Israel is massing troops and military equipment close to the border with Gaza after hundreds of airstrikes on the Palestinian enclave failed to stop militants launching scores of rockets into the South and central areas of the country.
The government has given the go-ahead for 75,000 reservists to be put on stand by for call-up for any ground incursion into Gaza.
Israel knows that the eyes of the world are on it and that a ground war brings not only military dangers, but international and diplomatic ones too.
But the politicians are all too aware that with an election now just two months away they have to be seen to be doing something to clampdown on the missile strikes coming out of Gaza and forcing Israeli citizens to have to run to their shelters.
"We are under attack," Israeli Defence Ministry spokesman Josh Hantsman said.
"Three million Israeli citizens are now within the range of the Hamas fire, we have a responsibility and a duty to make sure the other side knows we are serious. We will consider all the options."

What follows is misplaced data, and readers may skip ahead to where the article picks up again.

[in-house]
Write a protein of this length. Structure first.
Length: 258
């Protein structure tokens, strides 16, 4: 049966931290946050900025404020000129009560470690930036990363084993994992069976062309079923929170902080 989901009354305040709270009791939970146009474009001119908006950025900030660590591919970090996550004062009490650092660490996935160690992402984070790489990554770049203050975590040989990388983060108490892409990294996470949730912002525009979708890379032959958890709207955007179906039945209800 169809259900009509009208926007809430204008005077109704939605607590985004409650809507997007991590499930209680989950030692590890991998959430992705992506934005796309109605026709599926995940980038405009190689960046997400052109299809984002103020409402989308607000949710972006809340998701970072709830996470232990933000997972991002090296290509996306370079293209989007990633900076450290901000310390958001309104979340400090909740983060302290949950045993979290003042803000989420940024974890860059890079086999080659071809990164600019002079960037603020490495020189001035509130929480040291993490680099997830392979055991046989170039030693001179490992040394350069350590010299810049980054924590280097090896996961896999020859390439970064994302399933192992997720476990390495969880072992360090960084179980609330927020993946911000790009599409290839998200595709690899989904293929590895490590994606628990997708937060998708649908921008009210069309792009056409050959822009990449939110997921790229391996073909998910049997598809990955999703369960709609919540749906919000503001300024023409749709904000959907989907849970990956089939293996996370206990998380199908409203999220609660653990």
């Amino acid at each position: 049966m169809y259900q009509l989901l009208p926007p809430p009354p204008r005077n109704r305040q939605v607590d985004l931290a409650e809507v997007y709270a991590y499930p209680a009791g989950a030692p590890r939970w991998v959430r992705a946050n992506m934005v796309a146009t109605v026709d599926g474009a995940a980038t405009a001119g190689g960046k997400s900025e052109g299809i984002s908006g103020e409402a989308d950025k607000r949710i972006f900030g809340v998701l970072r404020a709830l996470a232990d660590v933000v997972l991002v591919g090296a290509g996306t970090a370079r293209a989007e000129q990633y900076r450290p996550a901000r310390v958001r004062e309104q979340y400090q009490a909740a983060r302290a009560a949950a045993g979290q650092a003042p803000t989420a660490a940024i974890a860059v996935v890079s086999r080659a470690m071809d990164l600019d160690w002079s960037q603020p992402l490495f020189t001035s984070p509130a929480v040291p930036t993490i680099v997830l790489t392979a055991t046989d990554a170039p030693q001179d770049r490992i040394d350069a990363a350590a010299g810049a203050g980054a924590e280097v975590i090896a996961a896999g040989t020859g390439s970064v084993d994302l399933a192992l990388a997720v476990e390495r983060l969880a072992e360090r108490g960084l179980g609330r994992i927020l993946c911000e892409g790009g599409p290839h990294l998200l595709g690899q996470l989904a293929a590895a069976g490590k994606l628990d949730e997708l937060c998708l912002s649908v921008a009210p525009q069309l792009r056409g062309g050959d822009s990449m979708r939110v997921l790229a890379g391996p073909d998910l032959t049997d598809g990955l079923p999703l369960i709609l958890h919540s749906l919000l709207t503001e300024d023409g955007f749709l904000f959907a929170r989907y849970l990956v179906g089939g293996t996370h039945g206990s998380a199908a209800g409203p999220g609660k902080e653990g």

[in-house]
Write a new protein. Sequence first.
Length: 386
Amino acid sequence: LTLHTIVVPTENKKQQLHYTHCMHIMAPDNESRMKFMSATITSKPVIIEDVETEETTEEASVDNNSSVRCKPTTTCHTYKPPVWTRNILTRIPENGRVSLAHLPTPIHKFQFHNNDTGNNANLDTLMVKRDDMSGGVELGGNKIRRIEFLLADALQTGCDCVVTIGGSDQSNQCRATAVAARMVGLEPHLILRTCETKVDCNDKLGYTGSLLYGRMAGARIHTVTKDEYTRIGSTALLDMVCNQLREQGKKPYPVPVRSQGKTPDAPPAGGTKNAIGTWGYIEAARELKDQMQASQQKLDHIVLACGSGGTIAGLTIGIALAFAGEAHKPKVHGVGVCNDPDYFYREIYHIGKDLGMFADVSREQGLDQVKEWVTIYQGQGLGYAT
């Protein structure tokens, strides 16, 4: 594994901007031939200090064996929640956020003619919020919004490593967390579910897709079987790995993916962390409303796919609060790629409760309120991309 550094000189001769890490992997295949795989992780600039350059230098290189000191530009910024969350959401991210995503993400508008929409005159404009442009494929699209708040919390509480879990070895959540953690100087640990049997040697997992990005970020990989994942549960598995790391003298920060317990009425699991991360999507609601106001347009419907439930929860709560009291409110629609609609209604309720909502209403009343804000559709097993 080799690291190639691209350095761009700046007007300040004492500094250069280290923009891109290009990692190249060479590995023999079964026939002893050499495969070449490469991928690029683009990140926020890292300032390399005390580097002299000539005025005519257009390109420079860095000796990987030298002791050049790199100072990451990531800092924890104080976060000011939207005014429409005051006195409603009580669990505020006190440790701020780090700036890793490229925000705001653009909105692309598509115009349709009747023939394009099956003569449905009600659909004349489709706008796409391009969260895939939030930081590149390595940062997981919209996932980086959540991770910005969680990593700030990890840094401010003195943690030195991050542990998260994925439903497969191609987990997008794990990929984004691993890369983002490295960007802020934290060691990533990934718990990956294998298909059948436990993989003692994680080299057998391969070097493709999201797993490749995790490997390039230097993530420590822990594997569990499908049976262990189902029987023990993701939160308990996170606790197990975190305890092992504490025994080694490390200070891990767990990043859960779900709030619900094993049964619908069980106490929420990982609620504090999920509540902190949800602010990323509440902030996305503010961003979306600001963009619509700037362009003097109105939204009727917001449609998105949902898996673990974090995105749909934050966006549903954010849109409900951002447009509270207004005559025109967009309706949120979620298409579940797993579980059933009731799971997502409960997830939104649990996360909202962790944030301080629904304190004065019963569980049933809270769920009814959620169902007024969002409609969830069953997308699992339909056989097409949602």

For now the option appears to be a show of strength and a hope that Hamas will back down and stop targeting Israel before a ground war becomes inevitable.
That means more airstrikes and more attempts to degrade Hamas's ability to hit back from Gaza.
In the mean time the diplomatic pressure carries on apace with the Tunisian foreign minister visiting political leaders in Gaza, 24 hours after the Egyptian Prime Minister did the same thing.
US President Barack Obama has been in touch with both the Israeli Prime Minister, Benjamin Netanyahu and President Morsi of Egypt - whose Muslim Brotherhood is sympathetic to Hamas - to try and mediate.
As yet there has been no breakthrough, so the very public military build-up from Israel carries on as do the airstrikes which the Israeli government hopes will mean the soldiers and their kit can be stood down as quickly as they were called up.